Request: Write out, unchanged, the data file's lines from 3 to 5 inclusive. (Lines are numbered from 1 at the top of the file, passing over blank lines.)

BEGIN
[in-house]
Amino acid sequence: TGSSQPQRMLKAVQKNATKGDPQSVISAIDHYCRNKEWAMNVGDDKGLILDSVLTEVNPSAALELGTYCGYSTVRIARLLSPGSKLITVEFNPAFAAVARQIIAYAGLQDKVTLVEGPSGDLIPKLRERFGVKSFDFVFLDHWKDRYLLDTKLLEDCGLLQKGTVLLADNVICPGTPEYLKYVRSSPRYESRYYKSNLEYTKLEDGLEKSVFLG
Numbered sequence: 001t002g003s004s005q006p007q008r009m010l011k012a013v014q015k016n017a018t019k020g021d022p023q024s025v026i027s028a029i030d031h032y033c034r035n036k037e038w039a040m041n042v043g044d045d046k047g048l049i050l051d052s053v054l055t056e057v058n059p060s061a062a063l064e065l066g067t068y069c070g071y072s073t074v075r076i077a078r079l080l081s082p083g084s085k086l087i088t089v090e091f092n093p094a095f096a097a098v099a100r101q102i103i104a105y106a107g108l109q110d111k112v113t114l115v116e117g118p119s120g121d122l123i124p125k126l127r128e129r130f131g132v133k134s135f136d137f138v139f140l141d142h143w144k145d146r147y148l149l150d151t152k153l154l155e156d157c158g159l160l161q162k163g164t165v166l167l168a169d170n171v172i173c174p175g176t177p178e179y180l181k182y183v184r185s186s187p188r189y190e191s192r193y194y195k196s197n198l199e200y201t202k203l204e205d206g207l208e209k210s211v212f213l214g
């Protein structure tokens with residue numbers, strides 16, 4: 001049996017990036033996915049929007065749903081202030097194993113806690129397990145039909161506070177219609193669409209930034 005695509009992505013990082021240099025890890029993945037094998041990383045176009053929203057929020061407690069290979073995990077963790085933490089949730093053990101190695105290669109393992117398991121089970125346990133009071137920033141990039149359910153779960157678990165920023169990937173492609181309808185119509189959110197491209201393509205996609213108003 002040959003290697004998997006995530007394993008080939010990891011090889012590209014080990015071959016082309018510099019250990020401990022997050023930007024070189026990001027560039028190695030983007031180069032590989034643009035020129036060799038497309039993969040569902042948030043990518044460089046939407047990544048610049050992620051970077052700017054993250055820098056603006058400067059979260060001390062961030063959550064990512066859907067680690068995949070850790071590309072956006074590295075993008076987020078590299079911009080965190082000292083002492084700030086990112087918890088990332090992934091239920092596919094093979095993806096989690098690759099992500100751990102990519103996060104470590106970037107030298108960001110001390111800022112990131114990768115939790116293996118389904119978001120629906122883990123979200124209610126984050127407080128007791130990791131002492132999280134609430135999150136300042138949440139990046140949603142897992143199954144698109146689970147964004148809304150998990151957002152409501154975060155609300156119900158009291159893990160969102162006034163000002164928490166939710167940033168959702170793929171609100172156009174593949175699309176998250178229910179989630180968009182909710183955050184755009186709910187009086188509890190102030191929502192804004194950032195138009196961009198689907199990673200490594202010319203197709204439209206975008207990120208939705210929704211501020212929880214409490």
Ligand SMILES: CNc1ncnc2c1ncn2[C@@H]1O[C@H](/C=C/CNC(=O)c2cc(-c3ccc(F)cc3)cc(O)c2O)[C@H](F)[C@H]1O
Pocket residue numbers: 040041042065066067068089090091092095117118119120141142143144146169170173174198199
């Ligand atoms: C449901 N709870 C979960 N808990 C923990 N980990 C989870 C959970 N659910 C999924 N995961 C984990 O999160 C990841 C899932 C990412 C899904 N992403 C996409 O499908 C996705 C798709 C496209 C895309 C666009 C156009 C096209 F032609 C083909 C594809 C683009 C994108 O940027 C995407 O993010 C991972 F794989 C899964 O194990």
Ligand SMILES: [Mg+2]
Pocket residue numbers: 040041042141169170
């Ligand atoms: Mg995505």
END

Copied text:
Numbered sequence: 001t002g003s004s005q006p007q008r009m010l011k012a013v014q015k016n017a018t019k020g021d022p023q024s025v026i027s028a029i030d031h032y033c034r035n036k037e038w039a040m041n042v043g044d045d046k047g048l049i050l051d052s053v054l055t056e057v058n059p060s061a062a063l064e065l066g067t068y069c070g071y072s073t074v075r076i077a078r079l080l081s082p083g084s085k086l087i088t089v090e091f092n093p094a095f096a097a098v099a100r101q102i103i104a105y106a107g108l109q110d111k112v113t114l115v116e117g118p119s120g121d122l123i124p125k126l127r128e129r130f131g132v133k134s135f136d137f138v139f140l141d142h143w144k145d146r147y148l149l150d151t152k153l154l155e156d157c158g159l160l161q162k163g164t165v166l167l168a169d170n171v172i173c174p175g176t177p178e179y180l181k182y183v184r185s186s187p188r189y190e191s192r193y194y195k196s197n198l199e200y201t202k203l204e205d206g207l208e209k210s211v212f213l214g
């Protein structure tokens with residue numbers, strides 16, 4: 001049996017990036033996915049929007065749903081202030097194993113806690129397990145039909161506070177219609193669409209930034 005695509009992505013990082021240099025890890029993945037094998041990383045176009053929203057929020061407690069290979073995990077963790085933490089949730093053990101190695105290669109393992117398991121089970125346990133009071137920033141990039149359910153779960157678990165920023169990937173492609181309808185119509189959110197491209201393509205996609213108003 002040959003290697004998997006995530007394993008080939010990891011090889012590209014080990015071959016082309018510099019250990020401990022997050023930007024070189026990001027560039028190695030983007031180069032590989034643009035020129036060799038497309039993969040569902042948030043990518044460089046939407047990544048610049050992620051970077052700017054993250055820098056603006058400067059979260060001390062961030063959550064990512066859907067680690068995949070850790071590309072956006074590295075993008076987020078590299079911009080965190082000292083002492084700030086990112087918890088990332090992934091239920092596919094093979095993806096989690098690759099992500100751990102990519103996060104470590106970037107030298108960001110001390111800022112990131114990768115939790116293996118389904119978001120629906122883990123979200124209610126984050127407080128007791130990791131002492132999280134609430135999150136300042138949440139990046140949603142897992143199954144698109146689970147964004148809304150998990151957002152409501154975060155609300156119900158009291159893990160969102162006034163000002164928490166939710167940033168959702170793929171609100172156009174593949175699309176998250178229910179989630180968009182909710183955050184755009186709910187009086188509890190102030191929502192804004194950032195138009196961009198689907199990673200490594202010319203197709204439209206975008207990120208939705210929704211501020212929880214409490």
Ligand SMILES: CNc1ncnc2c1ncn2[C@@H]1O[C@H](/C=C/CNC(=O)c2cc(-c3ccc(F)cc3)cc(O)c2O)[C@H](F)[C@H]1O